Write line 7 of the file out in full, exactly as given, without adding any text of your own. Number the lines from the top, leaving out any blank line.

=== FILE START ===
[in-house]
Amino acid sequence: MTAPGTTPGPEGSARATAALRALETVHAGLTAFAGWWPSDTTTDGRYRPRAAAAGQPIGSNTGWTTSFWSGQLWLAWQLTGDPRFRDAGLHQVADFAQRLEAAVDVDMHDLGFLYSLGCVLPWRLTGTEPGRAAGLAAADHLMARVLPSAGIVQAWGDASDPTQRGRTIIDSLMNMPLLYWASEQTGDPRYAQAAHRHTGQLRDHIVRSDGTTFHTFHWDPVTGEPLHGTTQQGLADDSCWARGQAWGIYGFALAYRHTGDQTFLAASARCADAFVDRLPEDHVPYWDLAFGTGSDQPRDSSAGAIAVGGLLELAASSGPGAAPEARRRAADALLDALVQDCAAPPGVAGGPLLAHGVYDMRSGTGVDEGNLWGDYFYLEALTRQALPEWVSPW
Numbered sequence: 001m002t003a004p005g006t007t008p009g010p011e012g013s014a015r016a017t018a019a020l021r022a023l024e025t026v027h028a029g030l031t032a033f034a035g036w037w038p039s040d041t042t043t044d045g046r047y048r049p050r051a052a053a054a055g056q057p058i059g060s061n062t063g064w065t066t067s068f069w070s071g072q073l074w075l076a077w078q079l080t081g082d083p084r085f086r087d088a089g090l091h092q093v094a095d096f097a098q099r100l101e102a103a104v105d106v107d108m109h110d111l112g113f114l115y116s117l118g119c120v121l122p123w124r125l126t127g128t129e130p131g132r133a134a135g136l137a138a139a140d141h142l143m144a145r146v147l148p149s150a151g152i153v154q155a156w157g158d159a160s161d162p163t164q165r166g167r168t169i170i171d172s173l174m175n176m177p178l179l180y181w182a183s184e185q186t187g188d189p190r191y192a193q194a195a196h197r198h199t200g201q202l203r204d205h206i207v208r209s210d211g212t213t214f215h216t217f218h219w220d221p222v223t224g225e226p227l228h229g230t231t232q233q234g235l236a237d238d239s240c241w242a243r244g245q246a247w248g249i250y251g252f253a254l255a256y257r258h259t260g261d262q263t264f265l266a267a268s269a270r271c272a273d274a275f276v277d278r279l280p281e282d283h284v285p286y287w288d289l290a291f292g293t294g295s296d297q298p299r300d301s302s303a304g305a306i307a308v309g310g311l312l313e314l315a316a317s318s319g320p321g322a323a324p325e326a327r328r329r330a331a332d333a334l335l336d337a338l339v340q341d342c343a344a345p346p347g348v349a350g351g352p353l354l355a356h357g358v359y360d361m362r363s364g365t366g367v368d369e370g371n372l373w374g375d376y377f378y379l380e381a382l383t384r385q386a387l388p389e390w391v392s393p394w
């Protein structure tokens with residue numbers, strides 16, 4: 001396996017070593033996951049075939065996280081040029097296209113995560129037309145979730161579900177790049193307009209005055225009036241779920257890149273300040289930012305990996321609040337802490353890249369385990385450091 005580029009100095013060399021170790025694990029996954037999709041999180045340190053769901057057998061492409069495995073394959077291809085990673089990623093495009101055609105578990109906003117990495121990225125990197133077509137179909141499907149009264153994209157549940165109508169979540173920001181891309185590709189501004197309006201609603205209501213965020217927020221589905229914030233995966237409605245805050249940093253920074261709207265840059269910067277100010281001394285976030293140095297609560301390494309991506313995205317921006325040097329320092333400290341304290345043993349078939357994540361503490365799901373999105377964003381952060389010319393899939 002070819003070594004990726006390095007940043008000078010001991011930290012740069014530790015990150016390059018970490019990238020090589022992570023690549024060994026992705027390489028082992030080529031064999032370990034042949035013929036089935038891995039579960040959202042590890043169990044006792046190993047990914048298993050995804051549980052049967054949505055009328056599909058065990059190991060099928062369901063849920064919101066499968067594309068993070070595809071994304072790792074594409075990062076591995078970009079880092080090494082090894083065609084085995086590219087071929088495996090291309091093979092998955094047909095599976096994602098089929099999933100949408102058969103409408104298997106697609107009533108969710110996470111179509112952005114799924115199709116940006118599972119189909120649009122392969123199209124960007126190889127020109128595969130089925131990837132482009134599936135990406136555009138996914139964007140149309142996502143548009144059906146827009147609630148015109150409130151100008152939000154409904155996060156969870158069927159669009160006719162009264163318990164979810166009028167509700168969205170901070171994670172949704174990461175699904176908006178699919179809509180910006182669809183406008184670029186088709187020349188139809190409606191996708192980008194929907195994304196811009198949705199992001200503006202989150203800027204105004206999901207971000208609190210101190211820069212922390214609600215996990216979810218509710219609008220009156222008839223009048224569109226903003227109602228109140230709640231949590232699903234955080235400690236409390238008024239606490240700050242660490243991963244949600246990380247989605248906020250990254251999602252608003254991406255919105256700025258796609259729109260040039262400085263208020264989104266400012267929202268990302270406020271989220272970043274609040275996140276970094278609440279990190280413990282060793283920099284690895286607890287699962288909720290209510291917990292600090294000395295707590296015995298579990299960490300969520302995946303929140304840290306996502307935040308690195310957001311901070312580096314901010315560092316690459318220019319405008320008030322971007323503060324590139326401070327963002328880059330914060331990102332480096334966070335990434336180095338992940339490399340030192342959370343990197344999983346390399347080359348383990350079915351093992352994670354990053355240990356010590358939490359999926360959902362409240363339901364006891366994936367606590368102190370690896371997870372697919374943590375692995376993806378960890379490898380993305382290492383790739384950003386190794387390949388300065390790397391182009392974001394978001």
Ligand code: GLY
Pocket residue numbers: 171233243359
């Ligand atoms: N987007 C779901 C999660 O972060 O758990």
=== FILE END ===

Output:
């Ligand atoms: N987007 C779901 C999660 O972060 O758990």